Dr. Norton, as associate professor in the School of Social Work, is a co-PI on this grant, which will help provide interdisciplinary, cross-cultural training on adventure therapy and other nature-based interventions, and will create an international partnership between the following institutions:
1 Griffith University, Australia
2 Adventure Works, Australia
3 University of Manitoba, Canada
4 Texas State University, United States
5 University of Michigan, United States
6 National Taiwan Normal University, Taiwan, ROC
There is a growing emphasis being place on developing environmental and green social work practice and education. Consequently, this project will (i) deliver three pre-workshop online videoconferences for international social work educators on adventure therapy and other green perspectives and (ii) offer a face-to-face three-day interdisciplinary workshop, with social work educators, related disciplines, and leading international adventure therapy practitioners that will be facilitated by Adventure Works in August 2018 (prior to the 8th International Adventure Therapy Conference in Sydney).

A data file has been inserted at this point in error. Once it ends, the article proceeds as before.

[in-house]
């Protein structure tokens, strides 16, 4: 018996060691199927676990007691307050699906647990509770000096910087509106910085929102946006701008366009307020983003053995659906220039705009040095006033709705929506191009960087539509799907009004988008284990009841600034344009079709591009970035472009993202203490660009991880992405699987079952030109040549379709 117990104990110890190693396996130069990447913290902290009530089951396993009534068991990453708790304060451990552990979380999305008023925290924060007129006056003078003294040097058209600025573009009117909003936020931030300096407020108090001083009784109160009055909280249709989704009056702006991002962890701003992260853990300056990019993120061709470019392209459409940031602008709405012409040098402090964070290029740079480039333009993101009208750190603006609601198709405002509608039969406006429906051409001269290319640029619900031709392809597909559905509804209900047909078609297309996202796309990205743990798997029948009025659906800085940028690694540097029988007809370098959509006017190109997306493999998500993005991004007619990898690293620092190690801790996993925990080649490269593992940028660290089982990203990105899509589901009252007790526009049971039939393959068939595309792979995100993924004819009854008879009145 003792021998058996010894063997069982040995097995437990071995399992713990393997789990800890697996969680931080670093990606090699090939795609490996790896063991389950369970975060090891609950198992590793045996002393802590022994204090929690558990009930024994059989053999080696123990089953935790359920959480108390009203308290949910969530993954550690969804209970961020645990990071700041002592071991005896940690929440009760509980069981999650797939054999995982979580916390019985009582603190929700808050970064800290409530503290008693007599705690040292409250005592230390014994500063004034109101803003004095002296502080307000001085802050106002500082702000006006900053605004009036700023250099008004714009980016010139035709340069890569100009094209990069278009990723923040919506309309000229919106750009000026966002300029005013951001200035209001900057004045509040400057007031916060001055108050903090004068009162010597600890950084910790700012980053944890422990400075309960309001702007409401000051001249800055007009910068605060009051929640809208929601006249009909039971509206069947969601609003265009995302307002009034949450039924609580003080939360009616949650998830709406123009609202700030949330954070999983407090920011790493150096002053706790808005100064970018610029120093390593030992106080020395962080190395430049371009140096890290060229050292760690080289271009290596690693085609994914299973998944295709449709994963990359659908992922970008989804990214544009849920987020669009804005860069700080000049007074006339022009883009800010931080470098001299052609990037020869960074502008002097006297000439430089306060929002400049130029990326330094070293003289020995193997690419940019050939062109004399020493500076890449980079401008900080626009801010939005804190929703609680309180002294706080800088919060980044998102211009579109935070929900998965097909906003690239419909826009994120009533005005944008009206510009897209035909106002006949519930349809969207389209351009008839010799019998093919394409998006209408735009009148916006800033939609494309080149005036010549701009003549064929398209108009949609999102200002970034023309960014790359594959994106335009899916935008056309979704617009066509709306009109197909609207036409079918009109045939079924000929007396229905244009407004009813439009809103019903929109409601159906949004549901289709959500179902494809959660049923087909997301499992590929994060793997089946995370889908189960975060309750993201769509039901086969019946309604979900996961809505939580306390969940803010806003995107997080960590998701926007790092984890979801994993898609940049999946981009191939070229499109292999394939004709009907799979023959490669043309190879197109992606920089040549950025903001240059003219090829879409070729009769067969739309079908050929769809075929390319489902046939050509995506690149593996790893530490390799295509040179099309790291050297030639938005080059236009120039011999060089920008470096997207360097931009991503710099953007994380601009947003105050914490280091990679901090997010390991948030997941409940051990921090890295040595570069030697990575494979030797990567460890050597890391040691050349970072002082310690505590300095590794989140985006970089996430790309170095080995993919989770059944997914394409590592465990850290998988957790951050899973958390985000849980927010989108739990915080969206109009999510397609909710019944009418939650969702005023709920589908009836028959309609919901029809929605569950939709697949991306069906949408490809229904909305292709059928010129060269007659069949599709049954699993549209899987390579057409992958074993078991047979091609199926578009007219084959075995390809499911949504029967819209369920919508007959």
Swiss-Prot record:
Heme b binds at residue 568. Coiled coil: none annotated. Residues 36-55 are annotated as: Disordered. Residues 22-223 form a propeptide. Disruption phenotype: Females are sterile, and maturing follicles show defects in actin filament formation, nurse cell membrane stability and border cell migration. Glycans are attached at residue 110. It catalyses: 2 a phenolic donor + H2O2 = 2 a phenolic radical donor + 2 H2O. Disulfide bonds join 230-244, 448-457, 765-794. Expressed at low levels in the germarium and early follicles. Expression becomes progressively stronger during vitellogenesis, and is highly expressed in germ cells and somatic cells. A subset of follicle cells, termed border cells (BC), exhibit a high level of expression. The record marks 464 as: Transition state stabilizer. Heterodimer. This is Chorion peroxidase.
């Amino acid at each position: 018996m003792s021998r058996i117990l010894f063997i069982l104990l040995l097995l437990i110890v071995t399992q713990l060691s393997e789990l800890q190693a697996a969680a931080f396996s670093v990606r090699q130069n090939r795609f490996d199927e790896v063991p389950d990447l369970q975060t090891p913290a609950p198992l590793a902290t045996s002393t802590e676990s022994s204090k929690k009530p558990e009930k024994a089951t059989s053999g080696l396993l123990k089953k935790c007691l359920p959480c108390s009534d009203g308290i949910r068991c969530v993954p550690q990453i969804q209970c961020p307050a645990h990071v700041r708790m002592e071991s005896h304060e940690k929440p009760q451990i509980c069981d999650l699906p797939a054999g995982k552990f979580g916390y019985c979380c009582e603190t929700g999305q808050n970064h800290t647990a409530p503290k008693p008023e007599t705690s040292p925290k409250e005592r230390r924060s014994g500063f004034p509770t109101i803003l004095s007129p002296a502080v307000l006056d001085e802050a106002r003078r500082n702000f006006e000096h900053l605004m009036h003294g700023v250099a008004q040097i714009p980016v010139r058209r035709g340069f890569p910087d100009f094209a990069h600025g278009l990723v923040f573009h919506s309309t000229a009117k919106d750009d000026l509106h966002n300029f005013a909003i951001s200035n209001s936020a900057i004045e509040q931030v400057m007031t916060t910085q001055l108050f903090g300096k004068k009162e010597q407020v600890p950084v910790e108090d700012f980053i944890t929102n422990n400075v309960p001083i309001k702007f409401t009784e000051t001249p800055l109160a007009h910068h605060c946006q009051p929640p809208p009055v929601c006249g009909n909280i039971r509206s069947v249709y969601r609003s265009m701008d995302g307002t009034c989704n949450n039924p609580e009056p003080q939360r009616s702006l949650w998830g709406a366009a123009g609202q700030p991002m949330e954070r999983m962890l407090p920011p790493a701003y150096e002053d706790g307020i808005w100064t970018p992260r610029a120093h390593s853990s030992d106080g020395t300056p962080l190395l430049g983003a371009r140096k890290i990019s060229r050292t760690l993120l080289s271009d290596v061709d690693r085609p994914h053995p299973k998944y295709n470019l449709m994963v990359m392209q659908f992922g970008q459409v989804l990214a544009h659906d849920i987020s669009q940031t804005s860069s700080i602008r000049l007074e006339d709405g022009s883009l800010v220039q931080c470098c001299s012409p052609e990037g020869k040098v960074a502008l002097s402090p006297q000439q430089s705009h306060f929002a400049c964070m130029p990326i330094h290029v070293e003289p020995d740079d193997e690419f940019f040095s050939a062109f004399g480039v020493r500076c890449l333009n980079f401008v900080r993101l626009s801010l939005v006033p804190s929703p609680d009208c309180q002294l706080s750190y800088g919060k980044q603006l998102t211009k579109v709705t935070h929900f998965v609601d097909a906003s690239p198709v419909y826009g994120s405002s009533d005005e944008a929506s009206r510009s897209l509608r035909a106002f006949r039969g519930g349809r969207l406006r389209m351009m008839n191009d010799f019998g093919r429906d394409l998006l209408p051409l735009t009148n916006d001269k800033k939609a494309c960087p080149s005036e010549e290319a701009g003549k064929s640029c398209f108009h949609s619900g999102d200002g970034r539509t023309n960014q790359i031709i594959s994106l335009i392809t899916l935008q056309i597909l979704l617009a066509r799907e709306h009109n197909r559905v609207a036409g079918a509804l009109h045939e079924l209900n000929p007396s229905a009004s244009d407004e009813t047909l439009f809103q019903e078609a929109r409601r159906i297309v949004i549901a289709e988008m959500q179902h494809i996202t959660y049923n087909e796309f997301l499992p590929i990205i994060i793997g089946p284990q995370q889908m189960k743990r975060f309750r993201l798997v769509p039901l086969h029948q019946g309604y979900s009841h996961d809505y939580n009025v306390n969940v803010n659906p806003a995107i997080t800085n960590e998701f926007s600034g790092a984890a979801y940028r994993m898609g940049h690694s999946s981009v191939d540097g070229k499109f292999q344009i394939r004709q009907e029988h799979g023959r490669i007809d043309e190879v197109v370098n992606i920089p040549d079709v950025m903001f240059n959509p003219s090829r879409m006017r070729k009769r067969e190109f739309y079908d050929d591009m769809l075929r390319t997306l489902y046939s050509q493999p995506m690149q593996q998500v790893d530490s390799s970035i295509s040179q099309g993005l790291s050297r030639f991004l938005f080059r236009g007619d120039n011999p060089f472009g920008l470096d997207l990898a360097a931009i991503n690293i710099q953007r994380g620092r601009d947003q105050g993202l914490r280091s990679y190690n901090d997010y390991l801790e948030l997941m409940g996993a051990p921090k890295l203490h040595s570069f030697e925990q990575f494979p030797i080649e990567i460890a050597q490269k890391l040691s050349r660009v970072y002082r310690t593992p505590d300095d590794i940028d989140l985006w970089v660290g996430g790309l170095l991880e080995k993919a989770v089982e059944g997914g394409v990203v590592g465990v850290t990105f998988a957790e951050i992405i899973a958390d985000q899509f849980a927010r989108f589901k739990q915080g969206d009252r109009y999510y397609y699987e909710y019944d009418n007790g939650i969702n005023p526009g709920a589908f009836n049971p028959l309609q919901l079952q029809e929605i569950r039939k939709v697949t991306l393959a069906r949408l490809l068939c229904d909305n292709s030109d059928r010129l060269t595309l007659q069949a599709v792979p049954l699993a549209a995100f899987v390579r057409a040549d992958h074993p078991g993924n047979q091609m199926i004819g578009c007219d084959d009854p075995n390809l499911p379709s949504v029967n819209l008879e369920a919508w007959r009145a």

23 OCT 2017
23 OCT 2017
Dr. Yoon Elected to Serve as Treasurer for APISWEA
Congratulations to Dr. Yoon who has been elected to serve as Treasurer for the Asian & Pacific Islander Social Work Educators Association (APISWEA).
APISWEA is a national organization that represents Asian and Pacific Islander (API) social work educators; discusses issues of concern to social work educators and students; and promotes social work education and research of Asians and Pacific Islanders in the social work context.
1 NOV 2017
1 NOV 2017
Rodney Walker: Tough Times Don't Last
November 1st at 6:30pm - 7:30pm
Flowers Hall 341